We see our grandmothers go square dancing; young people retreat to gyms in every corner of the city. Is fitness in China therefore an import?
Long ago, in the absence of gyms, people needed to improvise in order to improve their levels of fitness. Tao Kan is a good example, living to be 76 years old, and one of the sixty-four great generals of the time. It was all down to his fitness regime. Each morning, he would move a pile of bricks across his courtyard, to then move it back again in the evening.
On the whole, however, ancient fitness was more a matter of practicality. In the time of the Three Sovereigns and Five Emperors (more than 4,000 years ago), the war between Huang Di (黄帝), Yan Di (炎帝) and Chi You (蚩尤) was more a war of survival. The then aim of fitness was mainly to strengthen the body in order to fight the elements as well as the enemy. Therefore, physical fitness of the time came through labour, cutting wood, hunting or farming.
It was during The Three Kingdoms period (circa 184 CE) at the end of the Han Dynasty that people really began to realise how to keep healthy and even how to treat disease through exercise. Physician, Hua Tuo (华佗), was known as the “master of surgery” due to his proficiency and the fact that he was the first person in China to employ anesthesia. He went on to be heralded as the third medical deity of the era (建安三神医), together with Zhang Zhongjing (张仲景) and Dong Feng (董奉).
However, many people do not realise that one of Hua’s inventions became the earliest fitness program in China.
“Wu Qin Xi” (五禽戏)
Young Hua had traveled abroad and along the way, he studied medicine and saved lives at the same time; never pursuing fame and fortune in his life, Hua’s medical ethics could be said to be very noble. After carefully observing the many kinds of animals he encountered along his travels, and combining such with the physiological characteristics of the human body, Hua was able to invent a set of aerobic exercises for the elderly and infirm; the Wu Qin Xi. The exercises are imitations of five kinds of animals’ posture and movements; tiger, deer, bear, ape and bird.
According to records, Wu Qin Xi was not only China’s first fitness program, but it was also the first practicing of “sports medical treatment”, being able to relax and stimulate blood circulation, muscles and bones, to achieve the effect of health. Furthermore, it is very possible to feel fatigued and stomach discomfort after a hard workout; after a quick Wu Qin Xi and an application of talcum powder, the body will feel light and ready for food!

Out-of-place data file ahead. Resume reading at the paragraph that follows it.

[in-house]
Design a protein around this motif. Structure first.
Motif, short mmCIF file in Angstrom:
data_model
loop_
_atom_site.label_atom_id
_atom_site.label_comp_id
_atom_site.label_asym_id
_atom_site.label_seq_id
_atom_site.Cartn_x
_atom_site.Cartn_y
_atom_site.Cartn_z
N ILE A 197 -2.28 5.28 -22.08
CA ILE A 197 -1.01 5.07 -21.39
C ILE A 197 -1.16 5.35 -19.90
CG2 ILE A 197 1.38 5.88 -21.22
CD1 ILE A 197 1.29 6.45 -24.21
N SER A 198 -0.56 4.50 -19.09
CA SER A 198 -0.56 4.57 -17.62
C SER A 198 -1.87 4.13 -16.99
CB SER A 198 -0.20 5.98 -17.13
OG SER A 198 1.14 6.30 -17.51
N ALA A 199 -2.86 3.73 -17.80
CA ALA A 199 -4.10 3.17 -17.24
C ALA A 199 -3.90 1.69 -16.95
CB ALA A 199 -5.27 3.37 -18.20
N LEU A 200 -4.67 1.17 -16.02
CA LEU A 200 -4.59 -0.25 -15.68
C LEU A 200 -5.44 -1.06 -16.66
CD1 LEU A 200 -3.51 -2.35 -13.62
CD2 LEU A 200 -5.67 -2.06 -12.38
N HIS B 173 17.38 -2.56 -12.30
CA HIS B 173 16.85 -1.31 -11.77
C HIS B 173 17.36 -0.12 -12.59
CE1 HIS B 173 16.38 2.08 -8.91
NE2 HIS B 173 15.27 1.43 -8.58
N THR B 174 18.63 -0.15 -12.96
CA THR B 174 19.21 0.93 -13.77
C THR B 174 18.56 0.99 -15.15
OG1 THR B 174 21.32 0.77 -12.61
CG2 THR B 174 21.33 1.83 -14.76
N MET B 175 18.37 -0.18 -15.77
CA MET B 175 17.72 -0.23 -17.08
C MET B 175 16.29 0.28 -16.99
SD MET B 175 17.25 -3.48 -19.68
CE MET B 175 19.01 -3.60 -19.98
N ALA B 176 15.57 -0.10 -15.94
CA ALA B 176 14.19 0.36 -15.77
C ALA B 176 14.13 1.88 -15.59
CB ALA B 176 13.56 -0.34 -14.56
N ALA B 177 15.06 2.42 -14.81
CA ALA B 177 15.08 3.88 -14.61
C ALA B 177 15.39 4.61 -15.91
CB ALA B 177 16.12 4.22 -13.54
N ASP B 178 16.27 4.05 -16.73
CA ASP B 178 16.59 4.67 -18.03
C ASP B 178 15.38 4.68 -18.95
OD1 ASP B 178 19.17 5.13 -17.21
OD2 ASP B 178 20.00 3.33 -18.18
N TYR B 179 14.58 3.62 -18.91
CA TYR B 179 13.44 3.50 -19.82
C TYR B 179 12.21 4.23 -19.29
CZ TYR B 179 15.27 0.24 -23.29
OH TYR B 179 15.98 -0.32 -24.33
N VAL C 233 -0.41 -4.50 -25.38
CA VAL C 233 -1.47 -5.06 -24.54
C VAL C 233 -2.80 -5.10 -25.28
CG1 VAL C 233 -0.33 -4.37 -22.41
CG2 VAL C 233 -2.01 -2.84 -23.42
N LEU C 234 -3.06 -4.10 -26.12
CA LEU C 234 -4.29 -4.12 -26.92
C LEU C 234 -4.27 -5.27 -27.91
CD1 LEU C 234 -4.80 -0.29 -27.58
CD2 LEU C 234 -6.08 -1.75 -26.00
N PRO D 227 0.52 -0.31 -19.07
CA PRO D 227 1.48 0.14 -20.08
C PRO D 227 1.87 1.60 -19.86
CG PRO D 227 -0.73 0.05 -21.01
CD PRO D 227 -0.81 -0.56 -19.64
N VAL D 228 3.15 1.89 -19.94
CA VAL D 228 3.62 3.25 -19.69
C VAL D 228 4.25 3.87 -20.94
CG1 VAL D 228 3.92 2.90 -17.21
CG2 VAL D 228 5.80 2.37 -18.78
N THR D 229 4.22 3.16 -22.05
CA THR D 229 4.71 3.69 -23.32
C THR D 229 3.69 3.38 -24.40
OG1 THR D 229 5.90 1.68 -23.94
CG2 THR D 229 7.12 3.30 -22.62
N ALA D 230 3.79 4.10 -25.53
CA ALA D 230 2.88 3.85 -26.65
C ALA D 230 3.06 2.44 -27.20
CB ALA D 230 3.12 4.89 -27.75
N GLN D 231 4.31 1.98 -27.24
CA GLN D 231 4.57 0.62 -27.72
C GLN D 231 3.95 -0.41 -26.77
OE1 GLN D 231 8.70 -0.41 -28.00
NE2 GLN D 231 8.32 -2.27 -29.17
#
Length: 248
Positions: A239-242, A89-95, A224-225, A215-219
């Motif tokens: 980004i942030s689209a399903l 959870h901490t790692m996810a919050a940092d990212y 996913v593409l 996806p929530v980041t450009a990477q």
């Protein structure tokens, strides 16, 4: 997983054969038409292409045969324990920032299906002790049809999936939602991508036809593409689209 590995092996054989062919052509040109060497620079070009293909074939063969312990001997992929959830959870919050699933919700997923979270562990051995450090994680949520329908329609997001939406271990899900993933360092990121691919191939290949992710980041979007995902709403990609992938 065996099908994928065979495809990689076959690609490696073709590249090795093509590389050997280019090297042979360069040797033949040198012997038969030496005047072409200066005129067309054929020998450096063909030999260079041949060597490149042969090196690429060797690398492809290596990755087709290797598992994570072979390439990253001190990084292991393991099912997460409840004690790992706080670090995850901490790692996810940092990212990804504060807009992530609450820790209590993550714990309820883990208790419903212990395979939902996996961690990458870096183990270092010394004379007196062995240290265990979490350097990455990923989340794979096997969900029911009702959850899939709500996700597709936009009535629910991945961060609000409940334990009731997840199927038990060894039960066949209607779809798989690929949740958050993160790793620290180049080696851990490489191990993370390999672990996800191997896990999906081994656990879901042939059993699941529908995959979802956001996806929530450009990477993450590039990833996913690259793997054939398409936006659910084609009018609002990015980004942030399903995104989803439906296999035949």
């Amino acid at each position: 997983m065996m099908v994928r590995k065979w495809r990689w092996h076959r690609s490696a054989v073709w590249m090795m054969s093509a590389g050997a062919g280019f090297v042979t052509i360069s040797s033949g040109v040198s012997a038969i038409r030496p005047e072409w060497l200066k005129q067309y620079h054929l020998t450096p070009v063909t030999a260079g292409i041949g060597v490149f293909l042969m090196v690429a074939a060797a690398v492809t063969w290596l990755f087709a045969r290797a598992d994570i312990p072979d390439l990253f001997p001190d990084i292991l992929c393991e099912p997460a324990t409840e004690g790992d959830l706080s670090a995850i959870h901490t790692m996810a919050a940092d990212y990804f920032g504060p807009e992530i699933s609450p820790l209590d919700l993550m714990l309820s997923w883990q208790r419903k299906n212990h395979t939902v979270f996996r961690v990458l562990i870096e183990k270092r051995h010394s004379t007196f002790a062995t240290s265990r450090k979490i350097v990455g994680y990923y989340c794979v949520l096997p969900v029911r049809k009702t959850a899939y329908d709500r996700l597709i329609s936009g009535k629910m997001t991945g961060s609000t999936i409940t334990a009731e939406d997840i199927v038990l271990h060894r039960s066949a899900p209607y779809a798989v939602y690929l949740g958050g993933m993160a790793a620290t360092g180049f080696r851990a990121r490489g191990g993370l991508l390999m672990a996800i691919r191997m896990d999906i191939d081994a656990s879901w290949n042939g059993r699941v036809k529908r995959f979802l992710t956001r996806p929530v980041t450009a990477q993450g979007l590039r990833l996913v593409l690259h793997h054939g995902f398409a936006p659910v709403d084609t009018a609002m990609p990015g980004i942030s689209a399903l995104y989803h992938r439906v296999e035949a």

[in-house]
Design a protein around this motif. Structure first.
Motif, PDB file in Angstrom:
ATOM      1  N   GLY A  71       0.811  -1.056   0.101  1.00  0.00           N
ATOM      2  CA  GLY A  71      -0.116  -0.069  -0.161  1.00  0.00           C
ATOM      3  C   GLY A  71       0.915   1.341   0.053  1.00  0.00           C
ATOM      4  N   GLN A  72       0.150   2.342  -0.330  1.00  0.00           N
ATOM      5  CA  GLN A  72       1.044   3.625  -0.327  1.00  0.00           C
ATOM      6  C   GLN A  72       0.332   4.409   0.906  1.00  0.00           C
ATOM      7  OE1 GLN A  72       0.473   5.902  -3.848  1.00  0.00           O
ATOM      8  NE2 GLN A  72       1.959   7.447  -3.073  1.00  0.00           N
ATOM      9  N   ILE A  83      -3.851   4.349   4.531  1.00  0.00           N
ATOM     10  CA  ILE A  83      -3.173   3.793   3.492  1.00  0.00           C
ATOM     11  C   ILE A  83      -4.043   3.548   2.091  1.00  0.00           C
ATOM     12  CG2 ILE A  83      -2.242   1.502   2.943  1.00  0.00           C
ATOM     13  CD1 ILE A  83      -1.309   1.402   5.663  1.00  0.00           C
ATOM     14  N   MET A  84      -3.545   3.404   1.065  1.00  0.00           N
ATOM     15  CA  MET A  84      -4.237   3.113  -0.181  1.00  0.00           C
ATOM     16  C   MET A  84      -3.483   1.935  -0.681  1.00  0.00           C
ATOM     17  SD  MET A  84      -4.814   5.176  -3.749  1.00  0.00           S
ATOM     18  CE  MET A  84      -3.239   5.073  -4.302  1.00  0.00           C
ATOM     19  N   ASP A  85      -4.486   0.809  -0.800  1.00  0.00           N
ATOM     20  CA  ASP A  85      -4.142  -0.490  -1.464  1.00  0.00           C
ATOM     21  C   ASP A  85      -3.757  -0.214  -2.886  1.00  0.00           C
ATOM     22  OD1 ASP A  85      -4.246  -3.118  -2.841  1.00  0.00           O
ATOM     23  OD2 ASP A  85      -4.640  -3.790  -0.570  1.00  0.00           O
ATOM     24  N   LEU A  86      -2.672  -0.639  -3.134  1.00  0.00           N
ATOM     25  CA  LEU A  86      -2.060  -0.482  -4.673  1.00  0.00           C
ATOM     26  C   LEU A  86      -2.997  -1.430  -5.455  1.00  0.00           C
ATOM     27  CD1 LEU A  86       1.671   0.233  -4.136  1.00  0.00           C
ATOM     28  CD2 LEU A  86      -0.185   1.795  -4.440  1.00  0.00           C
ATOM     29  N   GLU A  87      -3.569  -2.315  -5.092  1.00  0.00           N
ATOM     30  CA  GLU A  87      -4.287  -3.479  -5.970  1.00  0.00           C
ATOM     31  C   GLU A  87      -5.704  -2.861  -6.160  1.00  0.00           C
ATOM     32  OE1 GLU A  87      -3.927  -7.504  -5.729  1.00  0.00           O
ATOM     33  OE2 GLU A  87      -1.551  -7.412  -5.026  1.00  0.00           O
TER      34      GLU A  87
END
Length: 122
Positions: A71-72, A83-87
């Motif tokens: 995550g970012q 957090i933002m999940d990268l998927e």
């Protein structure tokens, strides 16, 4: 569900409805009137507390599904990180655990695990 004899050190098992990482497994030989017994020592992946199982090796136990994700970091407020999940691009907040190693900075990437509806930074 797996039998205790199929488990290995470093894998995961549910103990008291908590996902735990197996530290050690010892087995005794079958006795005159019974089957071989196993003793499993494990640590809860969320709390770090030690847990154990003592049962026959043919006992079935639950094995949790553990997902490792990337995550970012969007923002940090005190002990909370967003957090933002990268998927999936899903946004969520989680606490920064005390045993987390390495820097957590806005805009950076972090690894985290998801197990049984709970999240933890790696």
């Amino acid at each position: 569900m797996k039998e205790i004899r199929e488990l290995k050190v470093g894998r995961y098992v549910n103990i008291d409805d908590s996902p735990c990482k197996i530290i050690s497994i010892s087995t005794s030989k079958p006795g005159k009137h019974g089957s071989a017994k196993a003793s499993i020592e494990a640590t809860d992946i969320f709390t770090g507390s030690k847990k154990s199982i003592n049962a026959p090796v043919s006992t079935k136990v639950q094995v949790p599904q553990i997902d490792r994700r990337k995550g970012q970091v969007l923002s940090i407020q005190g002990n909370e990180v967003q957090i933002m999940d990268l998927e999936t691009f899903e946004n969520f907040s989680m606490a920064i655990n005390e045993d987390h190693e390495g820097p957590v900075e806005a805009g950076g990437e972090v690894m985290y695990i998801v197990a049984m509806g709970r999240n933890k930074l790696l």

Legend has it that one of Hua’s students tried out the exercises after a long period of exercise, leading to a somewhat spooky improvement in both hearing and eyesight. Little wonder therefore, that Hua’s creation is a precious treasure of traditional Chinese medicine culture that has been passed down for 4 millennia and practiced from generation to generation.
“Qi Gong” (气功)
In order to pursue longevity, ancient Chinese peoples also paid special attention to physical exercise. Chinese Qi Gong likely also dates from the era of the Three Sovereigns and Five Emperors.
Huang Di (黄帝), or the Yellow Emperor (2,717-2,599 BCE), is largely credited with deriving the first form of Qi Gong. Although the concept first appears in the book, “Huang Di Nei Jing” (黄帝内经; The Yellow Emperor’s Book of Internal Medicine), the work was in fact ghost written by later generations, who chose not to replace the name out of simple respect for the “ancestors of the humanities”.
Huang lived to be 118, at that time when life expectancy was just 30 or 40. It is largely thought today that he lived so long on account of his fitness and general health, through a regular practicing of Qi Gong.
“Long Whispers” (长啸)
Prominent poet of the southern song dynasty (1,127 CE), Lu You (陆游), grew up physically weak, but lived to be 85. His secret was the Long Whisper discipline in Qi Gong, a continuous production of high-pitched sounds made by controlling one’s breathing. Over time, the technique not only increases lung capacity and removes waste gas from the body, but also relaxes the body and mind.
Many other famous people in ancient China created their own sport for fitness, such as the swing master; Liu Che (刘彻). Not only was he an emperor of the Han dynasty, but he also developed the “swing” fitness concept. Originally known as “Qian Qiu” (千秋; a thousand years of Autumn), it did not become popular until the era of emperor Wu Di (汉武帝), who swapped the characters around in order to avoid the taboo of the eternal life for which he begged. Qiu Qian, or swing, quickly became popular among the people, and for good reasons.
As the body swings back and forth, direction, speed and height from the ground are constantly changing; the resulting increase and decrease in gravitational forces upon the body are good for maintaining a coordinated balance. The swing is also great for strengthening the waist and abdomen; with the body’s swinging, there follows a rhythmic expansion and contraction of muscles. As a pressure and tension reliever, the swing excels, while it can also help relax the nervous, cardiovascular and respiratory systems.
In a nutshell, the swing is China’s magical fitness equipment. No wonder the ancients were convinced of its importance, breaking records through fitness that even people today could perhaps not surpass.